Announcements: Residency

  1. Primary Care Building Blocks

    The UW DFMCH is honored to have Tom Bodenheimer, MDvisit this week to discuss his work on building teams in primary care. He has identified the 10 Building Blocks of High-Performing Primary Careteams:

    ·      Engaged Leadership, Creating a Practice-wide Vision With Concrete Goals and Objectives

    ·      Data Driven Improvement Using Computer-Based Technology Read more... »

  2. Focus on Advocacy

                            Focus on Advocacy 

    There is no lack of advocacy opportunities for health care professionals. Cindy Haq, MD shared this six-step guideline adapted from the Indivisible Toolkit.

    1.     Identify an issue of concern.  Is this worth fighting for?  If yes, commit to action! Read more... »

  3. Healthcare Reform: Falling Backward?

    Although healthcare reform was not a dominant issue in the presidential campaign, it is now front and center with significant changes or a full repeal of Obamacare looming. What is known about President-elect Trump’s healthcare proposal and how can we counsel patients who have questions about their coverage?

    President-elect Trump’s proposal draws significantly from House Speaker Ryan’s “A Better Way” plan.  

    The main tenets are: Read more... »

  4. Setting SMART Goals

    SMART Goals



    During our annual review, we are asked to write our goals for the year. Similarly, residents and medical students are periodically asked to write their goals. The SMART goal framework is one effective method of clarifying your goals. Goals are focused on plans for learning and development to address a performance goal or career goal. SMART GOALS are:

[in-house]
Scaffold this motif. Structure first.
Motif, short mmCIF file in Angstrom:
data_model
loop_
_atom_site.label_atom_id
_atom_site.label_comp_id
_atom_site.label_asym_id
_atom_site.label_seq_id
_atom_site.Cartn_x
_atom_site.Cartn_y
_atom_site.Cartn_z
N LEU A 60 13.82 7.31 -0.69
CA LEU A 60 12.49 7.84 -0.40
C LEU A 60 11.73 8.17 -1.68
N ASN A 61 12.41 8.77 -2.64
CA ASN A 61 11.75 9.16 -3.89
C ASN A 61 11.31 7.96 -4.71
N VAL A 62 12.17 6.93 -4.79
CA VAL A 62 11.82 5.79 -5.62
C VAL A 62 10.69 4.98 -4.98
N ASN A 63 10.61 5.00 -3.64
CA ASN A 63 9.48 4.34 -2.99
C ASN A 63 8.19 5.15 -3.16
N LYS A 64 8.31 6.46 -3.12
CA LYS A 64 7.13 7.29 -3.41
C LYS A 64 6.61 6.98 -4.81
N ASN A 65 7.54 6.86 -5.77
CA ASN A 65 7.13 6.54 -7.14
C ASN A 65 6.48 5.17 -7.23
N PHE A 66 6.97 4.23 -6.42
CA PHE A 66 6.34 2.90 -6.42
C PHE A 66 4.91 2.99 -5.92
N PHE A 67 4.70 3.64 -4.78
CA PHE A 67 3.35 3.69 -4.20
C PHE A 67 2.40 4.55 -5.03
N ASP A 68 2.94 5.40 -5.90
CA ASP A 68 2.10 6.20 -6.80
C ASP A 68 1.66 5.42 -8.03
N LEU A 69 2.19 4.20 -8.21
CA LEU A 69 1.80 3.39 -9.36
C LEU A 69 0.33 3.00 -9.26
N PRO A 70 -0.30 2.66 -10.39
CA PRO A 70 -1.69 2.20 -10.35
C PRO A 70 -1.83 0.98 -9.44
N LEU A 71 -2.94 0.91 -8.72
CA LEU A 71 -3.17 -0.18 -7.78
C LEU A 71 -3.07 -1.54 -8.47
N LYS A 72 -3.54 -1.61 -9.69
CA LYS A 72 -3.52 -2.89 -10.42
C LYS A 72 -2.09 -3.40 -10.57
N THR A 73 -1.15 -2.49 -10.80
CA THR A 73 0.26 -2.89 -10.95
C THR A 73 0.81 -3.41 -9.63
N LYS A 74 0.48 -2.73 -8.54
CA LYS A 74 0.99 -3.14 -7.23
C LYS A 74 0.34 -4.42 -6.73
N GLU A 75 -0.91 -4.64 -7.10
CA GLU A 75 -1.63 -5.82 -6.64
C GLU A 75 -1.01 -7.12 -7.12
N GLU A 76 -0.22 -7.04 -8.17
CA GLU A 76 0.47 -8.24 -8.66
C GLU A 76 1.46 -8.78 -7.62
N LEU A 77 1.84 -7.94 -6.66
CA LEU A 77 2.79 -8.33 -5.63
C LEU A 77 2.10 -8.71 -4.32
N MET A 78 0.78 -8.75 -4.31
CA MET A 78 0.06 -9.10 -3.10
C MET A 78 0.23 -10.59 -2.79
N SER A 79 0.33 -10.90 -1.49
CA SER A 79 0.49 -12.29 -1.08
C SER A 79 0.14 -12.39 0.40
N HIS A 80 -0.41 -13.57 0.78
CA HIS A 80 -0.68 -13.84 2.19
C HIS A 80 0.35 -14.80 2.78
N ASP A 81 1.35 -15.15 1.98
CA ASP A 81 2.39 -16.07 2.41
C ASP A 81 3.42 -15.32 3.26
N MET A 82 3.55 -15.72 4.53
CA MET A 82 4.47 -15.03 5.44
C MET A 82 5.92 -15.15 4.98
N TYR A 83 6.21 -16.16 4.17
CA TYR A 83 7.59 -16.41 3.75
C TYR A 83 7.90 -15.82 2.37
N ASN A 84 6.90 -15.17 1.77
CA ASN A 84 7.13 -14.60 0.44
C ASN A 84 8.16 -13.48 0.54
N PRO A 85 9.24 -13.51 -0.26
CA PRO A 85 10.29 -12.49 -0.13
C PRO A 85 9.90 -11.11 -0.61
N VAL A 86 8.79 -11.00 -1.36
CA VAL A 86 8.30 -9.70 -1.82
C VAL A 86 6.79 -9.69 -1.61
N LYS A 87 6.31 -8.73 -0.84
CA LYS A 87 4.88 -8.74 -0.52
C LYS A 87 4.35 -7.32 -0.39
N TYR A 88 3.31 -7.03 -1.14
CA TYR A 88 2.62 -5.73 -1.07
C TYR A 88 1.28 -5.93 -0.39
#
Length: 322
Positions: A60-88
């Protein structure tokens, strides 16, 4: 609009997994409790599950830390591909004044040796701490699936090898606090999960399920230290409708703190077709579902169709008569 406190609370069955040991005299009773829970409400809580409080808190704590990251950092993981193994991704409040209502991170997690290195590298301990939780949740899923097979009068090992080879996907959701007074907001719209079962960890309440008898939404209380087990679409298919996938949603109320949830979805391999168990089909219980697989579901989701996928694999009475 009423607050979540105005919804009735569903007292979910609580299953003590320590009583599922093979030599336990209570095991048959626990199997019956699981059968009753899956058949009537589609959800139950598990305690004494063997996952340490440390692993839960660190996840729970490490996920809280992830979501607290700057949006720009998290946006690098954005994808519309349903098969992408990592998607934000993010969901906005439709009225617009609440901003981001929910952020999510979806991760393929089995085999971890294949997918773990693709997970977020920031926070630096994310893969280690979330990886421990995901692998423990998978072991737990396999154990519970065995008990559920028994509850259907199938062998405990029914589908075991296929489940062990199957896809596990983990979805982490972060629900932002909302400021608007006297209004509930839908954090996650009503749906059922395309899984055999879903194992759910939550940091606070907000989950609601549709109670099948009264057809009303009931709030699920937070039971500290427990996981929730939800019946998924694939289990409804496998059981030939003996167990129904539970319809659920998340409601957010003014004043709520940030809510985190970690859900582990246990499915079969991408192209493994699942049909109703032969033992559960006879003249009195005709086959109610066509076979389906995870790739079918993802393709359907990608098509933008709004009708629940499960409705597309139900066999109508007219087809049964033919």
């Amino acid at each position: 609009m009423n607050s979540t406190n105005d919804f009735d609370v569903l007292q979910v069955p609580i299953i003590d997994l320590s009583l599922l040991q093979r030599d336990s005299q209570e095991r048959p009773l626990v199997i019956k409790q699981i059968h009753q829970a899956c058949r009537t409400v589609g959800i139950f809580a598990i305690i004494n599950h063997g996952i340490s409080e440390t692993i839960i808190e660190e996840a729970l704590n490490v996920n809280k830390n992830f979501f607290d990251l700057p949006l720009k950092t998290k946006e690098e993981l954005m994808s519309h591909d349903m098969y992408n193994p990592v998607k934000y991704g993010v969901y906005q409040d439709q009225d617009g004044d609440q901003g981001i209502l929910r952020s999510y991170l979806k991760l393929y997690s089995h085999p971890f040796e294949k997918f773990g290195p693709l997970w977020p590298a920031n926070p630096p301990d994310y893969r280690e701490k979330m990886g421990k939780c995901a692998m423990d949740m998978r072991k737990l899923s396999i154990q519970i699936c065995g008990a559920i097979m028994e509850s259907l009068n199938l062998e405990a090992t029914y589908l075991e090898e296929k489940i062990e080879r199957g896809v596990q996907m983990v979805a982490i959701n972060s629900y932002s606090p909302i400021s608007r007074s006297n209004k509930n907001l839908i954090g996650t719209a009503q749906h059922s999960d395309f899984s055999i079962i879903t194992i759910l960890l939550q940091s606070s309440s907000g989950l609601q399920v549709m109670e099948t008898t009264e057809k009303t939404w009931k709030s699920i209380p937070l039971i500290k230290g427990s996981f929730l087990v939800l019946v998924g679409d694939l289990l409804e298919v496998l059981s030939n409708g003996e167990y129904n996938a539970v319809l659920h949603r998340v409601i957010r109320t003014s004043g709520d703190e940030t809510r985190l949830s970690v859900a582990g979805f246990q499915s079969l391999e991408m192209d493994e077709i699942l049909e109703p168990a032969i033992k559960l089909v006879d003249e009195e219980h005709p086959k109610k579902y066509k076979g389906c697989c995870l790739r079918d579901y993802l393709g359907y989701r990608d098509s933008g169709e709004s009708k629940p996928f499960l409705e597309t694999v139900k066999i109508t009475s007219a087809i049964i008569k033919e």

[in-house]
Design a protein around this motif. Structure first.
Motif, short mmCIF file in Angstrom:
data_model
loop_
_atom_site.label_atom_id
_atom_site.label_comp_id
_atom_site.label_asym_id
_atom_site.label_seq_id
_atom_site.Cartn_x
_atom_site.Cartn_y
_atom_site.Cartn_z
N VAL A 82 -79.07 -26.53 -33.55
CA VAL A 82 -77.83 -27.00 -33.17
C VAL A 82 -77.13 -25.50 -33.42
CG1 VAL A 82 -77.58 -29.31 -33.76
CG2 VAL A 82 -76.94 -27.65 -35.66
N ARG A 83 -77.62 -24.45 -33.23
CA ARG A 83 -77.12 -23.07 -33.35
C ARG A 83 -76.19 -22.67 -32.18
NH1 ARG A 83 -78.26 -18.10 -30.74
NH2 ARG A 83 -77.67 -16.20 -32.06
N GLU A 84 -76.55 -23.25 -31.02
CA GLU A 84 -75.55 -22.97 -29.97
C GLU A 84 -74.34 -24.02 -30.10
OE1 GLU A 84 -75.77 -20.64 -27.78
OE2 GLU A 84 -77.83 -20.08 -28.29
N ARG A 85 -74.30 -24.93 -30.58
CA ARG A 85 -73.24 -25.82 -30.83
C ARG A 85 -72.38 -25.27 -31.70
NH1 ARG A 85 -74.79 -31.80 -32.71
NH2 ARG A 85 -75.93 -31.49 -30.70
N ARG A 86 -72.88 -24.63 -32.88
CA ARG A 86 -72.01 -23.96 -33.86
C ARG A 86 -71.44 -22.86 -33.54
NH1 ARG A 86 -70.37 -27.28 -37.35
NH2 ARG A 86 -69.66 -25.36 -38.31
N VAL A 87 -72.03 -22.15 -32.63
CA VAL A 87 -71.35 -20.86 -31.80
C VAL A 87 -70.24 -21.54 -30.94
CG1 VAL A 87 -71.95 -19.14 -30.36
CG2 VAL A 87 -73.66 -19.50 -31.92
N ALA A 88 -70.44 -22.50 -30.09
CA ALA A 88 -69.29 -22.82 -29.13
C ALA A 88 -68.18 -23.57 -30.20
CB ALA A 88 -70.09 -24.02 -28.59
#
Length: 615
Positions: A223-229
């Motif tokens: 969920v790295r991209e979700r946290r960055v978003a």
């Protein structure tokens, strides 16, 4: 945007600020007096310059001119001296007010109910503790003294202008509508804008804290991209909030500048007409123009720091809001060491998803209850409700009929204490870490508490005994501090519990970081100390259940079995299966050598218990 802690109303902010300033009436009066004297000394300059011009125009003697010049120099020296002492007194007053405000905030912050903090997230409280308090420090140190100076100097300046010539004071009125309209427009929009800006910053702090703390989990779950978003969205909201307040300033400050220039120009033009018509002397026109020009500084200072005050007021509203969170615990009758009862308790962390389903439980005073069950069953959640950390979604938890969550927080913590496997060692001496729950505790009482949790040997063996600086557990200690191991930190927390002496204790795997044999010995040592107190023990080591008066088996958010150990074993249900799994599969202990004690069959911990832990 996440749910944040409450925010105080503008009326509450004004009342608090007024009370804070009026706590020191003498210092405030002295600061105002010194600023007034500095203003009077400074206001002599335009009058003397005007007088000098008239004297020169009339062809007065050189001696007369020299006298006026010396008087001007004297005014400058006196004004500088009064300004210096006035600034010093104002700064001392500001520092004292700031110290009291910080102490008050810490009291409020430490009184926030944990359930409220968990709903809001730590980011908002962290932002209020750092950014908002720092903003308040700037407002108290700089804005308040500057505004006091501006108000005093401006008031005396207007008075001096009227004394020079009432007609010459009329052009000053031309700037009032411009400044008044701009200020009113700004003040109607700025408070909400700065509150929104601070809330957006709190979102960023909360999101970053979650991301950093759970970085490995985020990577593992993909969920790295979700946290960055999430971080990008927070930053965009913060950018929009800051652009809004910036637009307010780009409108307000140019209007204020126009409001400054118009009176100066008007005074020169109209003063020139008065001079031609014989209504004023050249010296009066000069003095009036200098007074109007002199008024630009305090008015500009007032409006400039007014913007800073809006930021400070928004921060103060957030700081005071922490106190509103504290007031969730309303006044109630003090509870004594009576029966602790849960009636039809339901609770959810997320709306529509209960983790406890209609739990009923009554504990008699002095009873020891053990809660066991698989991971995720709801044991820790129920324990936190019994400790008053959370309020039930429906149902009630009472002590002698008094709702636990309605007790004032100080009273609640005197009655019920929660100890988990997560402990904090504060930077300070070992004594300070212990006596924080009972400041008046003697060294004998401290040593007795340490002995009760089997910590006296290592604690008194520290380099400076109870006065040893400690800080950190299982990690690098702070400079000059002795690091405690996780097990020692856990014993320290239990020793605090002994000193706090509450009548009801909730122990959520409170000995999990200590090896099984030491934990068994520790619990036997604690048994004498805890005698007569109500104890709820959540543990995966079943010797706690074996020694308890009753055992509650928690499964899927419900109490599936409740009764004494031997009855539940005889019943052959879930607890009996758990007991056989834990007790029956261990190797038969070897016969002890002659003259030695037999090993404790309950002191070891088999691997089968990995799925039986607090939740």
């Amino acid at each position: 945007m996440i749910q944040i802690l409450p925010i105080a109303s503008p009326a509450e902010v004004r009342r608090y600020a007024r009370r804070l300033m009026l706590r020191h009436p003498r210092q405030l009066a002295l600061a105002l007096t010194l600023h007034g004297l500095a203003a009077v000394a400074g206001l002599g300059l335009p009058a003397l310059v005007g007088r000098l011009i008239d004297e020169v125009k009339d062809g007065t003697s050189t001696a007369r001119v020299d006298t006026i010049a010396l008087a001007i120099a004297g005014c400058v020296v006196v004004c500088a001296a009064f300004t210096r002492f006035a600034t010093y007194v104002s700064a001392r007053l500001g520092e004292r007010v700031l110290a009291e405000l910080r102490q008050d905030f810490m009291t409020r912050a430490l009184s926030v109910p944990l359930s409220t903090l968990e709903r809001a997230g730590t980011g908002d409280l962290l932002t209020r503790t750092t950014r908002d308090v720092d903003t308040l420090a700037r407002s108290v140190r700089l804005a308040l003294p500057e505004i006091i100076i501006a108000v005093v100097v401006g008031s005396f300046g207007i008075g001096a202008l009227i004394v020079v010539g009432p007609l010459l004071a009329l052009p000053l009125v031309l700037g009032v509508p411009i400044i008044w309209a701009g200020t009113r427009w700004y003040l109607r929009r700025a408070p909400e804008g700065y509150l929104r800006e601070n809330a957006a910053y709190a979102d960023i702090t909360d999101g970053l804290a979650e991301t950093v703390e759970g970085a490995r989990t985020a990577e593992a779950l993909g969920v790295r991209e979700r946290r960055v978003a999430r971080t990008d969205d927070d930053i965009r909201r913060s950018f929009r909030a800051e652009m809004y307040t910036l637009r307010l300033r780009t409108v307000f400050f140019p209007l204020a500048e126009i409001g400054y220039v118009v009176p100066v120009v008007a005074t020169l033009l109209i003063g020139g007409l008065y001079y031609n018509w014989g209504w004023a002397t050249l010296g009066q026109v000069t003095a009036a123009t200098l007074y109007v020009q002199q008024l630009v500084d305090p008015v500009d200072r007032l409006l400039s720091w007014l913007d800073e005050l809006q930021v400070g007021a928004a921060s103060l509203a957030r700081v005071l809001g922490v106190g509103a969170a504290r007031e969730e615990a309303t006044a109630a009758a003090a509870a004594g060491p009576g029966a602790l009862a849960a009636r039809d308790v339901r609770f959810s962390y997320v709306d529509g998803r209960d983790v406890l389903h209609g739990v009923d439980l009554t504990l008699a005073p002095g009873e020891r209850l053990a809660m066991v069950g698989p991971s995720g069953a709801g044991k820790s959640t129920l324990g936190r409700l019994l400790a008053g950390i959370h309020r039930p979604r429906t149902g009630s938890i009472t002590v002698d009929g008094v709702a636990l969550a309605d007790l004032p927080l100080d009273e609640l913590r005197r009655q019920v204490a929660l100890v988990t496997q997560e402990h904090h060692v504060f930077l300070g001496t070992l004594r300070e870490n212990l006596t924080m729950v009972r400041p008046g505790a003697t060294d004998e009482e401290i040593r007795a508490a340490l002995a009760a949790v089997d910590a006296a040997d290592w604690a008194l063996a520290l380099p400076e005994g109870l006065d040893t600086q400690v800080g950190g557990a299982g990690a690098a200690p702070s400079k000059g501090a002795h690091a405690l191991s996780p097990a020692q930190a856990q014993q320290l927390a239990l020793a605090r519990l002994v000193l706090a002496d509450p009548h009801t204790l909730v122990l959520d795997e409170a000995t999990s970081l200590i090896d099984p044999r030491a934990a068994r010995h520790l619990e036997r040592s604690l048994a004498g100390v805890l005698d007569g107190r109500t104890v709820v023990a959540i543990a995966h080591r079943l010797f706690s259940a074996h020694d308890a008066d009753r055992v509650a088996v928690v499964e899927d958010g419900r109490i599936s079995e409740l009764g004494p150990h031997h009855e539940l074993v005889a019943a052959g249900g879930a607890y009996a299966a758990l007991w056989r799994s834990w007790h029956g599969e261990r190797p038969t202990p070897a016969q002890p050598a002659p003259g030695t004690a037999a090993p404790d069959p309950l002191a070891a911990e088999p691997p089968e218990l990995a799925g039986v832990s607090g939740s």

·       Are clear, specific accountabilities Read more... »

  5. Putting Away the Pom Poms and Becoming an Effective Coach

    Putting Away the Pom Poms and Becoming an Effective Coach


    As medical educators, our goal is to give constructive feedback on what students/residents do effectively, and what needs improvement. The ultimate goal is for the learner to effectively identify their limitations, identify specific goals and for us to guide them in achieving the goals.

      Read more... »

  6. Faculty Development Digest


    The Diversity, Equity and Inclusion Committee kicked off a lunchtime series entitled: It starts with me: Conversations about Identity, Privilege and Intersectionality. The next session is September 1st. Read more... »

  7. Eau Claire Family Medicine names Teacher of the Year for 2015-2016

    Dr. Terry McCanna, an ophthalmologist with Chippewa Valley Eye Clinic, was recently voted Teacher of the Year for 2015-2016 by UW Health Eau Claire Family Medicine residents. Read more... »

  8. Family Medicine Solstice 2015

    Family Medicine Solstice 2015

    Yesterday, we celebrated another winter solstice. The turning point in the year when the days get longer is reason to celebrate, even though the next few weeks will feel very much the same. It is proof that small changes can make a difference and lead to big changes down the road. As the year ends, it is a good time to reflect on family medicine’s solstices (“turning points”) in 2015.   Read more... »

  9. Mastery Musing

    I’m a big fan of The Great British Bake Off where amateur competitors show off their baking techniques and are judged by master bakers Mary Berry and Paul Hollywood.  The show is divided into three “bakes,” the second of which is the technical bake. The technical bake is usually a more obscure recipe that the competitors have never done. The bakers have to apply their knowledge and skills from other recipes in the technical bake.  Often, whoever wins this segment is deemed the “master baker” for the show. Read more... »

  10. Family Medicine Prairies

           Family Medicine Prairies

    One of the highlights of my drive to work is going past Prairie Moraine Park. This happens to house (IMHO) the best dog park in the world and I have enjoyed many hours exploring the park over the years with my four-legged friends. I never tire of watching the park transform itself after “the burn” in the spring. Family medicine is once again transforming to address the healthcare needs of our country in the context of a shifting healthcare landscape.  How our family medicine prairie of the future will look has yet to be defined and there are many opportunities to be involved in the regeneration. Here are a number of national and local initiatives that are “prairie-esque.”

    Read more... »